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Narratives from the autistic spectrum : what does it mean for a young person to be the bearer of an autistic spectrum diagnosis at secondary school?

Whiting, Claire-Marie (2010) Narratives from the autistic spectrum : what does it mean for a young person to be the bearer of an autistic spectrum diagnosis at secondary school? DEdCPsy thesis, University of Sheffield.

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The aim of this research was to facilitate the voices being heard of two young people at secondary school bearing an autistic spectrum diagnosis using a narrative approach. By definition this diagnosis suggested impaired communication and social interaction skills that should have made the open questioning style recommended for narrative interviewing difficult to access. However, insightful descriptions generated by autistic 'insiders', my own professional encounters and my experience as a mother of a child with a diagnosis inclined me towards more optimistic constructions of the autistic spectrum. Adopting a psychosocial, constructionist approach, I hoped to use narratives to illustrate the complexity of social constructs like the autistic spectrum and to facilitate the potential for agency: emancipation from thin, 'problem saturated' discourses. I was keen to coconstruct thicker narratives as a form of action research that might generate 'unique outcomes' for my subjects as co-researchers. I used free-association narrative interviewing to facilitate the coconstruction of narratives with the two young people. I hoped to explore meanings the experience of their diagnosis might generate for these young people against the context of a range of other narratives being told around them. I reflected upon and analysed each narrative to identify wider discourses, interpretative repertoires and identity scripts that might be interacting with the voices of the two young people. I realised that my own powerful voice as adult co-researcher also required interrogation. The 'storying' of their experiences suggested to me there was potential for agency for these young people. Externalising autism as a functional repertoire could position it as a strength within their experience. However, I sensed competition between complex, powerful and inter-woven narratives. Some, like the discourse of normalcy, introduced ambiguous meanings. I concluded that meaning-making through language was interactive and inevitably subjective, but could also be unique, generative and optimistic.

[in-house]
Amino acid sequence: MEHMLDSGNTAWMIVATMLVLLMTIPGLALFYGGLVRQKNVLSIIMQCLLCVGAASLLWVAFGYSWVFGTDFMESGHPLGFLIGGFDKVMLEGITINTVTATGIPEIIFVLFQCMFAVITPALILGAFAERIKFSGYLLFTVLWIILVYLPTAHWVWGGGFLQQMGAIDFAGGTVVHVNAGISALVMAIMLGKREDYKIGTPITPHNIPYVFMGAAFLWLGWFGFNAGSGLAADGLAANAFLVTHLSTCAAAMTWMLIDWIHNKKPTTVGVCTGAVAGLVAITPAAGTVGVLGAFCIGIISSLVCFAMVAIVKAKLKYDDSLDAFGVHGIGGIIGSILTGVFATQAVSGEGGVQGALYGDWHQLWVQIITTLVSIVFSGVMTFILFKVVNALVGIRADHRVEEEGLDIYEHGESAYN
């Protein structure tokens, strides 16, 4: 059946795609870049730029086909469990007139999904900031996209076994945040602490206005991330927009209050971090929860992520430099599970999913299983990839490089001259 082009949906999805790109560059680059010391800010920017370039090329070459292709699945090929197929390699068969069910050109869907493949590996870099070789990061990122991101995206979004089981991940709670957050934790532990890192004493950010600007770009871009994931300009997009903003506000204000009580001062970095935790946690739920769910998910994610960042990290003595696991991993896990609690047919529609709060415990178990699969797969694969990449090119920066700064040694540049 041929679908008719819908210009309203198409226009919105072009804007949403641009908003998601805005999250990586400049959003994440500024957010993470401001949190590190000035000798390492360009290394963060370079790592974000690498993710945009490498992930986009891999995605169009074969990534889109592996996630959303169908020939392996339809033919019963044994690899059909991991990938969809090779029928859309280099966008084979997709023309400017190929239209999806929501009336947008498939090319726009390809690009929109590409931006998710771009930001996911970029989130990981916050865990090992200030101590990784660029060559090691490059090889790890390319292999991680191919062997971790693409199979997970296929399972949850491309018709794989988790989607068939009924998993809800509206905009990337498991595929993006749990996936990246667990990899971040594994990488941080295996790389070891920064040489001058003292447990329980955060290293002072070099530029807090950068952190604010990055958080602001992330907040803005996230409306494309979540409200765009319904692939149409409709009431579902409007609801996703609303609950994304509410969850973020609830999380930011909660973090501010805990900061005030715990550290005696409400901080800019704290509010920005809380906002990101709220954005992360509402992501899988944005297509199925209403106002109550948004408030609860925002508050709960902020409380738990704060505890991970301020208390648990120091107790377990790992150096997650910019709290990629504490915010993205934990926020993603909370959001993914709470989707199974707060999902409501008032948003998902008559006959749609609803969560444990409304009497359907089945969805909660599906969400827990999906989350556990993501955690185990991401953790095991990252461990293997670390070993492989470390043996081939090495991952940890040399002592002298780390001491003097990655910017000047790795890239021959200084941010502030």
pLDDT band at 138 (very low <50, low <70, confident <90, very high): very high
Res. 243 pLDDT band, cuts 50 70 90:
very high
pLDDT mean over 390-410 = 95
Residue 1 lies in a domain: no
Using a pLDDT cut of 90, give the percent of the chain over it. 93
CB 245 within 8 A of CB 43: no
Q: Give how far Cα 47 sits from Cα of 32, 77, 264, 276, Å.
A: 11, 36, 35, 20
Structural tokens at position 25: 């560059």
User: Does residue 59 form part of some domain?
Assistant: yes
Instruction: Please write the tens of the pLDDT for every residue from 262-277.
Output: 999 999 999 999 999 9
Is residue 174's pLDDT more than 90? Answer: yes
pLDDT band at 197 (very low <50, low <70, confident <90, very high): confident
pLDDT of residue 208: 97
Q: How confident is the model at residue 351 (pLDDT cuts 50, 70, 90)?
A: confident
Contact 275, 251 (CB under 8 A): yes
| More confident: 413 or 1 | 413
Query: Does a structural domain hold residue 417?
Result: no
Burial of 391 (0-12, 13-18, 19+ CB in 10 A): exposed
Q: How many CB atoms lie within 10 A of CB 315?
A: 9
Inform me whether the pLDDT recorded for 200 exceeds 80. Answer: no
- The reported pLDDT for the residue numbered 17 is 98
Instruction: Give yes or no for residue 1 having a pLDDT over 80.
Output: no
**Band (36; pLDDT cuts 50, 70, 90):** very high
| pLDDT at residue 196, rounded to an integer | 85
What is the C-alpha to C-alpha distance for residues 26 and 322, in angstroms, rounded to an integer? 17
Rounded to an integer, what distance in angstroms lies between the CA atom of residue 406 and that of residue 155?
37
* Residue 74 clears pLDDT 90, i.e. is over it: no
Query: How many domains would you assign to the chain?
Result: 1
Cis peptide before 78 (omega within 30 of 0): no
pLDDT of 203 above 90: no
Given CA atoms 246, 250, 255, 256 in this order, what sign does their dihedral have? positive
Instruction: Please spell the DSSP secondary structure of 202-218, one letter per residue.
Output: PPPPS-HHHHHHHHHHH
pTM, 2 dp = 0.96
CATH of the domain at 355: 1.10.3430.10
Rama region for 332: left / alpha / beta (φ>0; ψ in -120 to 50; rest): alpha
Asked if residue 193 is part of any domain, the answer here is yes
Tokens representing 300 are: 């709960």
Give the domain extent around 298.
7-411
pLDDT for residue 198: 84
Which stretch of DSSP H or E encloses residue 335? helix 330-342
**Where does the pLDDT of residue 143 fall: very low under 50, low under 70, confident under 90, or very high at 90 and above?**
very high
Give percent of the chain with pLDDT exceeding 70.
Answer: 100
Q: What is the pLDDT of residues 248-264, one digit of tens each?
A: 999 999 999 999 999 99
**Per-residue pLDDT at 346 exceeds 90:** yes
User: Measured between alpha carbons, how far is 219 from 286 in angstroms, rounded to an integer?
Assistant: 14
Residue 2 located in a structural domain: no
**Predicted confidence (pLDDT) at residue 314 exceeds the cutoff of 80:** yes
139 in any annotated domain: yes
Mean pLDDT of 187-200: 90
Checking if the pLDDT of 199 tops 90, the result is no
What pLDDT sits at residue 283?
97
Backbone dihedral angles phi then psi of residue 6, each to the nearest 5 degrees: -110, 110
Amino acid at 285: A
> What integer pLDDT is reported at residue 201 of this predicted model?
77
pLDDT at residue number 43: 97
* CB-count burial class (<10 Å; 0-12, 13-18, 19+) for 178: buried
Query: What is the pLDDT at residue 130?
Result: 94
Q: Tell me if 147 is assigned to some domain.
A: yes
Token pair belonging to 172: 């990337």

Item Type: Thesis (DEdCPsy)
Academic Units: The University of Sheffield > Faculty of Social Sciences (Sheffield) > School of Education (Sheffield)
Identification Number/EthosID: uk.bl.ethos.511870
Depositing User: EThOS Import Sheffield
Date Deposited: 02 Dec 2016 15:06
Last Modified: 02 Dec 2016 15:06
URI: http://etheses.whiterose.ac.uk/id/eprint/15169

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